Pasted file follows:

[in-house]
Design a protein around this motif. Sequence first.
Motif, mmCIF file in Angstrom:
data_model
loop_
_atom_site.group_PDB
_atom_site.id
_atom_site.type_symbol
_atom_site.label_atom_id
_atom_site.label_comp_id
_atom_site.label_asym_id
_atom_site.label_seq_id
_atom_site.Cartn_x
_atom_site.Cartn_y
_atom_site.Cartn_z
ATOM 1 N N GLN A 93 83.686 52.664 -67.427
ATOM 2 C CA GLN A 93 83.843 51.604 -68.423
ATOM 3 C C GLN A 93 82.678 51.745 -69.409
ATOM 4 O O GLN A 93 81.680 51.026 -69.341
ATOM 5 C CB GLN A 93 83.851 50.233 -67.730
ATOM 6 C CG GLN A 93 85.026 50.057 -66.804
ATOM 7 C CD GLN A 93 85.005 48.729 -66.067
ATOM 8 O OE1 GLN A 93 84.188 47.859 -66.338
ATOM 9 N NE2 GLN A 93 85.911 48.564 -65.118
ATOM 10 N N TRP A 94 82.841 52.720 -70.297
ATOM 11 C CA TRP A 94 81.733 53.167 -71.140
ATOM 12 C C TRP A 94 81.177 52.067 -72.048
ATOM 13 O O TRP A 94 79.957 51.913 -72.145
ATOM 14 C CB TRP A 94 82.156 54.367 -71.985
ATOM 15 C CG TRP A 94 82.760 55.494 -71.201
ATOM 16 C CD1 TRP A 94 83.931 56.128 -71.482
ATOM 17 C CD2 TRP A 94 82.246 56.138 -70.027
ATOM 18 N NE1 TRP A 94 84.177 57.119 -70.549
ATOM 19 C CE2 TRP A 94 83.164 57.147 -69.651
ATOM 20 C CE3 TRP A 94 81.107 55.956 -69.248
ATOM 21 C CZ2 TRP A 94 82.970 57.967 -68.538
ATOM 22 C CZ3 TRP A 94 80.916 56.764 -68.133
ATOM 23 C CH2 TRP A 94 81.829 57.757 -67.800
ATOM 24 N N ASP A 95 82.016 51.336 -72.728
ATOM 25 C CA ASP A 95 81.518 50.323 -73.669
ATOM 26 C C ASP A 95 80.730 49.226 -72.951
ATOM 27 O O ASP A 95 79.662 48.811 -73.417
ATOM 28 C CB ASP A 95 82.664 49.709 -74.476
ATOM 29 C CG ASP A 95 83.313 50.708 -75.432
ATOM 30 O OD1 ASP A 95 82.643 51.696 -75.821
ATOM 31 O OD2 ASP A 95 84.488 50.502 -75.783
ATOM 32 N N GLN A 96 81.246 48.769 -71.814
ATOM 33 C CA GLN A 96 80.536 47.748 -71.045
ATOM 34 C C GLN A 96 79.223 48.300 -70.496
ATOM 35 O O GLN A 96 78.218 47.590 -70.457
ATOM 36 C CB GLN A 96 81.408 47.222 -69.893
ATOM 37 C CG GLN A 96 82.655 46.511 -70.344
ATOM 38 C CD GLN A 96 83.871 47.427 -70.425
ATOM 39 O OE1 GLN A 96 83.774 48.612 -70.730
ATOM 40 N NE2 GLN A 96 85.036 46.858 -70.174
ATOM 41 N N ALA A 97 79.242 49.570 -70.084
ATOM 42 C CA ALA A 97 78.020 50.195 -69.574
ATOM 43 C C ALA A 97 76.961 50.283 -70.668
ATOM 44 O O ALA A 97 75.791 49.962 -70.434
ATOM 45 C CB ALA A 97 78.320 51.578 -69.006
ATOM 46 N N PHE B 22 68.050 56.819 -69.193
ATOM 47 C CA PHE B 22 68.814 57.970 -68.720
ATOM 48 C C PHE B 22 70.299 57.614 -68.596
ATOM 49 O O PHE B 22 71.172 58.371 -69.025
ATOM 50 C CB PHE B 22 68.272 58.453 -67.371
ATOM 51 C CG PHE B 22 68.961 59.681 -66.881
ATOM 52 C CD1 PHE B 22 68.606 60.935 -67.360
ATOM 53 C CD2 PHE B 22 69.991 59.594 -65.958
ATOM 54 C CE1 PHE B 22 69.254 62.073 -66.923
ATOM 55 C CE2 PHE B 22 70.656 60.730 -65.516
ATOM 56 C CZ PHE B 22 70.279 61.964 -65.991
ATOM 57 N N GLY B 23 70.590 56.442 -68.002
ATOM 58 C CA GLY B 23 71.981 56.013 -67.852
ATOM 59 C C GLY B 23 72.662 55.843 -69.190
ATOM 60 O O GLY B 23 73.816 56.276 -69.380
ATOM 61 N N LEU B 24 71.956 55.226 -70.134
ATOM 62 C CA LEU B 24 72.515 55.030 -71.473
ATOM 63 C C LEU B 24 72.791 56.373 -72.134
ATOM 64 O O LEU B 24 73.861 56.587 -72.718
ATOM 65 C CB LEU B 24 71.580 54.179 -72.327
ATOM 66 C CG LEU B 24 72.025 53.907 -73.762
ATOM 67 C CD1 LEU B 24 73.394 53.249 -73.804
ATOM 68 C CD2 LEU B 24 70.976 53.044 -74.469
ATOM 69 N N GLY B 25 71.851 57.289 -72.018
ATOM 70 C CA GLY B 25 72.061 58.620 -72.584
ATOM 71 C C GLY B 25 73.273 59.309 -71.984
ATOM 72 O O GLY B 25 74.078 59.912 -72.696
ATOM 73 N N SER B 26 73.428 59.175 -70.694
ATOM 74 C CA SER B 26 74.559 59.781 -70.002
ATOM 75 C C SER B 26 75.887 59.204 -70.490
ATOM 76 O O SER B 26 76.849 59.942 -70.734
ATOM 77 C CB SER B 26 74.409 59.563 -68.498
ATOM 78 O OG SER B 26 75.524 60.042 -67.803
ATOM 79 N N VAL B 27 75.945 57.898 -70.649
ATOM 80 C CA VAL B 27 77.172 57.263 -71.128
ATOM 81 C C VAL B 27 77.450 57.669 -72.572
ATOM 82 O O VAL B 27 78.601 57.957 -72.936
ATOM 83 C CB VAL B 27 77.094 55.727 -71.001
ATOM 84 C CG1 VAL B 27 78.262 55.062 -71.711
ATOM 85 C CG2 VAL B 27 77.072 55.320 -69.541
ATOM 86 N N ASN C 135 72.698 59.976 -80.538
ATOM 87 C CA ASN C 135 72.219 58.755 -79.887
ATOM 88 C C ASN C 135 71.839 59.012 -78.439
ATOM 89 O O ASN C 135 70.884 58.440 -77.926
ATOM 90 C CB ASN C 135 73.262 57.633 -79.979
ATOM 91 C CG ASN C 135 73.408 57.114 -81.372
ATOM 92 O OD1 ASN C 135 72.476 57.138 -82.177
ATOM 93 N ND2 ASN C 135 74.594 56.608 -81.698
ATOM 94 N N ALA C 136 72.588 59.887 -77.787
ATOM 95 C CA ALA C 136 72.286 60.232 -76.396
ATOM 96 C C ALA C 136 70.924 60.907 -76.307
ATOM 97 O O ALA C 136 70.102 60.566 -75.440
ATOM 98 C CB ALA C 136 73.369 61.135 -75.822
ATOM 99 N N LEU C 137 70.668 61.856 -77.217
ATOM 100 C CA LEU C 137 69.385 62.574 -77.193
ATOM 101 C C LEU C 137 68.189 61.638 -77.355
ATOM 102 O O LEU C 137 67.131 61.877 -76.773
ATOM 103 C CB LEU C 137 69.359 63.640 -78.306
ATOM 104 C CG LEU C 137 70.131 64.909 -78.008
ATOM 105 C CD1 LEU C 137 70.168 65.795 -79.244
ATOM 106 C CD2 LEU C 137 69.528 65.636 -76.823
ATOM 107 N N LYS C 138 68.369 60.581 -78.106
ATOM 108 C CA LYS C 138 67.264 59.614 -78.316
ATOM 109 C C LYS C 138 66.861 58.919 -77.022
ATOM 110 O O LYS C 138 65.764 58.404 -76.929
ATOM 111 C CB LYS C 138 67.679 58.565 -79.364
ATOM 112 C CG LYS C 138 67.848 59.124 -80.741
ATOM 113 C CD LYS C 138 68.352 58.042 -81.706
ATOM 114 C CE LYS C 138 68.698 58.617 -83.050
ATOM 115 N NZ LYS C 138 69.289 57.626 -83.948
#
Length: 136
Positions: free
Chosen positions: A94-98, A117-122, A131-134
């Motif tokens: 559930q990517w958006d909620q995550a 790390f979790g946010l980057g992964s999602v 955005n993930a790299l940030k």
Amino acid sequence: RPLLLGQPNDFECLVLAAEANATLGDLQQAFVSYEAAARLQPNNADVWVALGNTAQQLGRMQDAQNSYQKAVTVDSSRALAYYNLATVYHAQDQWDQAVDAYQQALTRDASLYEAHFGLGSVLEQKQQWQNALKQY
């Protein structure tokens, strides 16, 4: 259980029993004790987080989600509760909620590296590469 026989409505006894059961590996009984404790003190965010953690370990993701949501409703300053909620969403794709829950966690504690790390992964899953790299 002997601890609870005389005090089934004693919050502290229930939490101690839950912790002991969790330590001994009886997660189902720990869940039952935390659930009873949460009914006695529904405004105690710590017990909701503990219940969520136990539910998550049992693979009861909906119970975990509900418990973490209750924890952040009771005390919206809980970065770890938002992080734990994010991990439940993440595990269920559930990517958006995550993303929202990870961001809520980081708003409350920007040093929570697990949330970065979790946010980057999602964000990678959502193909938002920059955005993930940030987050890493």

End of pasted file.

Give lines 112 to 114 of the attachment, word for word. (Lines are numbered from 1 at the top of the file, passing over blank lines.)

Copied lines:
ATOM 97 O O ALA C 136 70.102 60.566 -75.440
ATOM 98 C CB ALA C 136 73.369 61.135 -75.822
ATOM 99 N N LEU C 137 70.668 61.856 -77.217